By Sarah Zoen, Senior Advisor, Gender and Regional Policy
It takes all of us to change the way our food is grown. That was the message from the Gender Equality in the Cocoa value Chain: A Multi-Stakeholder Workshop on Lessons and Emerging Good Practice where I was last week in Ghana – two years after Behind the Brands supporters persuaded Nestle, Mars and Mondelez to give women cocoa farmers in their supply chains a fair deal.
Last week I joined civil society leaders, cocoa growers, traders, company representatives and industry experts to discuss how to get a better, more sustainable deal for women cocoa farmers.
But what’s happened since that cocoa commitment in 2013? These big three chocolate makers made big promises but are only just starting to understand and recognise the issues faced by women in their supply chains.
In October 2014, Oxfam published the results of an independent evaluation of the impact assessments and action plans. These showed that all companies need to raise their ambitions, especially Mars and Nestlé. In response, Nestlé published a more detailed action plan, as did Mars later in 2015, while Mondelez is working to implement their plan through 2015. Oxfam will continue to monitor their progress and make sure it happens; changing the system while challenging the companies involved is the big prize. Not only is women’s empowerment a moral issue it is also an economic one and it is our collective responsibility from the producer to consumer that women farmers and workers have the voice and agency to make that a reality.
“We are working together for cocoa sustainability. It is the responsibility of all of us from producer to consumer” – Mariame Yaya Toure, advocate for women in the cocoa industry from the Ivory Coast.
In developing countries, on average women account for 43% of the agricultural labor force, making gender equality and women’s empowerment central to increasing productivity and reducing poverty. However, women’s rights are the second lowest scoring theme: eight of the Big 10 companies score five or below. This is despite efforts from Mars, Mondelez and Nestlé to follow through on commitments to do more for women’s rights in their cocoa supply chains.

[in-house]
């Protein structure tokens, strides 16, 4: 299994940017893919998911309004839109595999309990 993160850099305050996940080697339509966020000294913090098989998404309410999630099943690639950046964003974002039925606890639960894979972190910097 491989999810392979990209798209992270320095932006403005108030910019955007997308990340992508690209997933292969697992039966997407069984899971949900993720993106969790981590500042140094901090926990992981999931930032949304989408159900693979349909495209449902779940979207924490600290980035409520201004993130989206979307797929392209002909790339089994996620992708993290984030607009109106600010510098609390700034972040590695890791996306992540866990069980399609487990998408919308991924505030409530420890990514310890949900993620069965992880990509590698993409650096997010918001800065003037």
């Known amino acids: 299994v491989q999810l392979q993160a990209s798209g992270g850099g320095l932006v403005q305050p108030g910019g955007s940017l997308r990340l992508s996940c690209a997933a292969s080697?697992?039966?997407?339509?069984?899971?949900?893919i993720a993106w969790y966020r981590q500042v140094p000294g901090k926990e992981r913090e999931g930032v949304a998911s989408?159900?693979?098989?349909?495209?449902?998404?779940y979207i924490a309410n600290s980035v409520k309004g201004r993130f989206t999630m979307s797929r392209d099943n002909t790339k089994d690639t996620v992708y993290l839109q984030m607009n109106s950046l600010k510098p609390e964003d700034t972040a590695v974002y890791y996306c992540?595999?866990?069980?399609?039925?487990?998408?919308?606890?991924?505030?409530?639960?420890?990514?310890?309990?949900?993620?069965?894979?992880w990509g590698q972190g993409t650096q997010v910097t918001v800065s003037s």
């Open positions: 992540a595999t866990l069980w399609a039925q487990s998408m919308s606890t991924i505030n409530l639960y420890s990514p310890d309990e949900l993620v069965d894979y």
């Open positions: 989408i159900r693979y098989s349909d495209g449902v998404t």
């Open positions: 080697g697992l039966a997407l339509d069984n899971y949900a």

In addition, every one of the world’s ten biggest food and beverage companies still falls short of upholding sufficient guidelines and standards for their suppliers on this issue.
“Farming is easy when your land is a piece of paper and your pen is a hoe” meaning to say “we should never pretend to speak on behalf of the farmers. Farmers should talk for themselves”
– Rudolf Scheffer, Oxfam Cocoa Expert
In support of leaders like Mariame, Behind the Brands supporters have taken more than 700,000 actions to call on the Big 10 to clean up their supply chains since the campaign began in 2013. A number of companies have genuinely listened and acted. But what does all this talk really mean for people who are working in the companies’ supply chains?
“If you want to empower a woman it doesn’t help unless you also support her to access resources… we need to look at women’s specific needs and taking away the specific barriers which women are facing”
– Monica Aidoo Dadzie, Kaupa Kokoo Organisation, Ghana
The food and beverage sector must continue to use its influence within roundtable and sector initiatives to discuss action and implement solutions. This may involve collectively resolving issues with common suppliers and sharing knowledge and expertise with others across supply chains. These companies can also use their power and influence to advocate to governments for stronger legislation, like stronger protection of labor rights. Hopefully the presence and engagement of cocoa companies here last week is a positive sign that they are ready to do so.